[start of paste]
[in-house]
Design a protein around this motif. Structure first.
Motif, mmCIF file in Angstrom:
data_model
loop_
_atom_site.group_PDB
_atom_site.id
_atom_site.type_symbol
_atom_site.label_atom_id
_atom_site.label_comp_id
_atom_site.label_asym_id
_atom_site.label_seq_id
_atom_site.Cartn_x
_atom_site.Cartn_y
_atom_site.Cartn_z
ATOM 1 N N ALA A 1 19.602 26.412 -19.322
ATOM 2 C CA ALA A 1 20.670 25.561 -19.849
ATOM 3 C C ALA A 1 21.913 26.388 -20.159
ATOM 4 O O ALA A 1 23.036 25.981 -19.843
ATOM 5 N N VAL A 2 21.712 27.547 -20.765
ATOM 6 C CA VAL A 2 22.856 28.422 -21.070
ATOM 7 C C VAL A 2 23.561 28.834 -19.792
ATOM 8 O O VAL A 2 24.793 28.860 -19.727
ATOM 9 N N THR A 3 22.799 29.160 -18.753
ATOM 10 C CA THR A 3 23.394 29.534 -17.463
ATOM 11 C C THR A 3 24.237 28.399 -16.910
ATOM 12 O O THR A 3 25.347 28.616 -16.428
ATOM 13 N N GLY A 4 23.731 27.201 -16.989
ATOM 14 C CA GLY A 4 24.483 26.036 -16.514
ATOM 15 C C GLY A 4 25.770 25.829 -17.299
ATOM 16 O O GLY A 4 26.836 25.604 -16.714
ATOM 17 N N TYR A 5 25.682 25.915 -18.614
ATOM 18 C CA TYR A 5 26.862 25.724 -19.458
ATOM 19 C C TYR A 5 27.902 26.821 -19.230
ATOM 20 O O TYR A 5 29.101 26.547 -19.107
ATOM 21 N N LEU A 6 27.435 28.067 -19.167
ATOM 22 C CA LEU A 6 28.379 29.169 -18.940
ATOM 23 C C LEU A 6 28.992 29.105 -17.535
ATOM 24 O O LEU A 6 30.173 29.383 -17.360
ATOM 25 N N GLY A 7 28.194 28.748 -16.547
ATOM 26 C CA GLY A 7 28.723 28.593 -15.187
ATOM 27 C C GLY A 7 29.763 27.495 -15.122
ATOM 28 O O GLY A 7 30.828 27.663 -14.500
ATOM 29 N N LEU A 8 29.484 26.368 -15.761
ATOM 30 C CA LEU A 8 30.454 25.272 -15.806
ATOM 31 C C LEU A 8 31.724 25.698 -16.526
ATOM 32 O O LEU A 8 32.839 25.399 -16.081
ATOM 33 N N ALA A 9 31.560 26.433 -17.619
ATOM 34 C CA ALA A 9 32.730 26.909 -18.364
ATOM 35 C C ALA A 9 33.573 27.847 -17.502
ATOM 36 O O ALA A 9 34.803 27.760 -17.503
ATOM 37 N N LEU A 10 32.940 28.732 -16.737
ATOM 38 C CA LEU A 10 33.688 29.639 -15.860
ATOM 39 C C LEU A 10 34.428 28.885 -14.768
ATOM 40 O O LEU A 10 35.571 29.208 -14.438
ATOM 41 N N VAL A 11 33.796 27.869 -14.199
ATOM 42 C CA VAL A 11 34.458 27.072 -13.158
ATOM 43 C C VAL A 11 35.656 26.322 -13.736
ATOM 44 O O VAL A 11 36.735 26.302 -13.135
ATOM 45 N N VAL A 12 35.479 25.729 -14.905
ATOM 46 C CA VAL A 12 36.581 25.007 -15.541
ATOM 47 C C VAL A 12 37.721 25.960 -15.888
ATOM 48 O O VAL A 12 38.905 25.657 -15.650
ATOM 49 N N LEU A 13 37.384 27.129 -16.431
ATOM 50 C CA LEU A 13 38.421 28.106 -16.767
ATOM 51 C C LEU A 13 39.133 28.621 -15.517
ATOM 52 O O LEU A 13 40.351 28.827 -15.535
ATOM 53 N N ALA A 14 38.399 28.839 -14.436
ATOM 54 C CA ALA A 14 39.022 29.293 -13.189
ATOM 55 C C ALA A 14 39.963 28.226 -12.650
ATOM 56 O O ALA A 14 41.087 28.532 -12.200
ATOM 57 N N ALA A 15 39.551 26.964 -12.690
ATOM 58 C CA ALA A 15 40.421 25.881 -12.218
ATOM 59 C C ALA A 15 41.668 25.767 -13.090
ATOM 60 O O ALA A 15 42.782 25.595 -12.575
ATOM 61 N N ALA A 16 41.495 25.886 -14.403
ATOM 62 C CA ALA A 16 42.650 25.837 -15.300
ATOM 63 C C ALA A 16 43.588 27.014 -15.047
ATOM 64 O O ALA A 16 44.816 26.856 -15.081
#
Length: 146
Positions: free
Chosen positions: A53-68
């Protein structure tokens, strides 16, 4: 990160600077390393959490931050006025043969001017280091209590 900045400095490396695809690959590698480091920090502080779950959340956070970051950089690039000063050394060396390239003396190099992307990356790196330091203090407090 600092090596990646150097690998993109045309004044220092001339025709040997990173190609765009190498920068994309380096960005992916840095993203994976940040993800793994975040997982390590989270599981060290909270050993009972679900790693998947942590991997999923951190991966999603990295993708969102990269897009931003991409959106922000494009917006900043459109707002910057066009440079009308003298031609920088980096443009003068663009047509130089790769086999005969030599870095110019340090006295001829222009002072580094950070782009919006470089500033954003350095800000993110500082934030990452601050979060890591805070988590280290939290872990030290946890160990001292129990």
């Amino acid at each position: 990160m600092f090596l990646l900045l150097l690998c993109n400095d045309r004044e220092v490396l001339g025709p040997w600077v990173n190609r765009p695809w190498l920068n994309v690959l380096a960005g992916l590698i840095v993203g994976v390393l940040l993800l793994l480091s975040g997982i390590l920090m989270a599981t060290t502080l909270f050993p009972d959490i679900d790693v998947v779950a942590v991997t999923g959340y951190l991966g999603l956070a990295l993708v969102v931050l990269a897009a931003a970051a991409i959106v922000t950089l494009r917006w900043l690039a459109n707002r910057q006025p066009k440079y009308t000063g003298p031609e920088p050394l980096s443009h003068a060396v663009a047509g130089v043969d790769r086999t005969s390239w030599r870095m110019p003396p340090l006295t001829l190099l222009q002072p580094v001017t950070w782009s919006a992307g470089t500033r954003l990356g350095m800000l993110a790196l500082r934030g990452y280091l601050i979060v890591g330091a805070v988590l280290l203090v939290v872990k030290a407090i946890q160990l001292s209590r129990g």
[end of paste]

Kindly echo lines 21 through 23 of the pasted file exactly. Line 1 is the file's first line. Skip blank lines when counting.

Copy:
ATOM 6 C CA VAL A 2 22.856 28.422 -21.070
ATOM 7 C C VAL A 2 23.561 28.834 -19.792
ATOM 8 O O VAL A 2 24.793 28.860 -19.727